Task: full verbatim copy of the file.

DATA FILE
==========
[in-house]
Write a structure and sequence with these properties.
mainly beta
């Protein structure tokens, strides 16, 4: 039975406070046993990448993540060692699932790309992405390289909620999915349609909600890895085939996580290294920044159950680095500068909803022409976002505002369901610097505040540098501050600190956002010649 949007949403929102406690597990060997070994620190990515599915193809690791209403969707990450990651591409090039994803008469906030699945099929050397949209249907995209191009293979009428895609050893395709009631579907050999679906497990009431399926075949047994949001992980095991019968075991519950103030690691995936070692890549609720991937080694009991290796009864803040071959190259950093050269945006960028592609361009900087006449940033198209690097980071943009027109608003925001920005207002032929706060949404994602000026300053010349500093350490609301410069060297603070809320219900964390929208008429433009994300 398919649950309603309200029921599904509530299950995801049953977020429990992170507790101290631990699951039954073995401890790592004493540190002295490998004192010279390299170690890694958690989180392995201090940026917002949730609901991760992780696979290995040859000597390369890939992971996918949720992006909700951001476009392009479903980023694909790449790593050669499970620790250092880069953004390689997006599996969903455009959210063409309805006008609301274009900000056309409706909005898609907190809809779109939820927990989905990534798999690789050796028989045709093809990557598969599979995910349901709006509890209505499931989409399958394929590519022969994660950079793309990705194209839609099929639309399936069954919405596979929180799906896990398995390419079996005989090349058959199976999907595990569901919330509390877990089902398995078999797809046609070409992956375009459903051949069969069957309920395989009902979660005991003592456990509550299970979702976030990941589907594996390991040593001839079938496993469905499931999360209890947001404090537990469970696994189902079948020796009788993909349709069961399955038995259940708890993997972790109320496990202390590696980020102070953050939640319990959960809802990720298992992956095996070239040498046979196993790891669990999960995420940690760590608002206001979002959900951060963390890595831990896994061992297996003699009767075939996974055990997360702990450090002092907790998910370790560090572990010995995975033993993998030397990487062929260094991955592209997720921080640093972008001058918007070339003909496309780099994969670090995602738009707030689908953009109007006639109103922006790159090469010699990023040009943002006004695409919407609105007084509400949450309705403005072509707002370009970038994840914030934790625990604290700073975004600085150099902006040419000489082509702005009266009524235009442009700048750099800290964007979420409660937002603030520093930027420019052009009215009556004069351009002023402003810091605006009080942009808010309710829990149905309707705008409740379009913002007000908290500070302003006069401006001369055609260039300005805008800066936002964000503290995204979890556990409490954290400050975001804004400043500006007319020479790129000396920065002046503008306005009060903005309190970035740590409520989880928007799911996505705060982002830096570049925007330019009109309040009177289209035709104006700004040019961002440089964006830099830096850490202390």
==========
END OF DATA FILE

[in-house]
Write a structure and sequence with these properties.
mainly beta
């Protein structure tokens, strides 16, 4: 039975406070046993990448993540060692699932790309992405390289909620999915349609909600890895085939996580290294920044159950680095500068909803022409976002505002369901610097505040540098501050600190956002010649 949007949403929102406690597990060997070994620190990515599915193809690791209403969707990450990651591409090039994803008469906030699945099929050397949209249907995209191009293979009428895609050893395709009631579907050999679906497990009431399926075949047994949001992980095991019968075991519950103030690691995936070692890549609720991937080694009991290796009864803040071959190259950093050269945006960028592609361009900087006449940033198209690097980071943009027109608003925001920005207002032929706060949404994602000026300053010349500093350490609301410069060297603070809320219900964390929208008429433009994300 398919649950309603309200029921599904509530299950995801049953977020429990992170507790101290631990699951039954073995401890790592004493540190002295490998004192010279390299170690890694958690989180392995201090940026917002949730609901991760992780696979290995040859000597390369890939992971996918949720992006909700951001476009392009479903980023694909790449790593050669499970620790250092880069953004390689997006599996969903455009959210063409309805006008609301274009900000056309409706909005898609907190809809779109939820927990989905990534798999690789050796028989045709093809990557598969599979995910349901709006509890209505499931989409399958394929590519022969994660950079793309990705194209839609099929639309399936069954919405596979929180799906896990398995390419079996005989090349058959199976999907595990569901919330509390877990089902398995078999797809046609070409992956375009459903051949069969069957309920395989009902979660005991003592456990509550299970979702976030990941589907594996390991040593001839079938496993469905499931999360209890947001404090537990469970696994189902079948020796009788993909349709069961399955038995259940708890993997972790109320496990202390590696980020102070953050939640319990959960809802990720298992992956095996070239040498046979196993790891669990999960995420940690760590608002206001979002959900951060963390890595831990896994061992297996003699009767075939996974055990997360702990450090002092907790998910370790560090572990010995995975033993993998030397990487062929260094991955592209997720921080640093972008001058918007070339003909496309780099994969670090995602738009707030689908953009109007006639109103922006790159090469010699990023040009943002006004695409919407609105007084509400949450309705403005072509707002370009970038994840914030934790625990604290700073975004600085150099902006040419000489082509702005009266009524235009442009700048750099800290964007979420409660937002603030520093930027420019052009009215009556004069351009002023402003810091605006009080942009808010309710829990149905309707705008409740379009913002007000908290500070302003006069401006001369055609260039300005805008800066936002964000503290995204979890556990409490954290400050975001804004400043500006007319020479790129000396920065002046503008306005009060903005309190970035740590409520989880928007799911996505705060982002830096570049925007330019009109309040009177289209035709104006700004040019961002440089964006830099830096850490202390």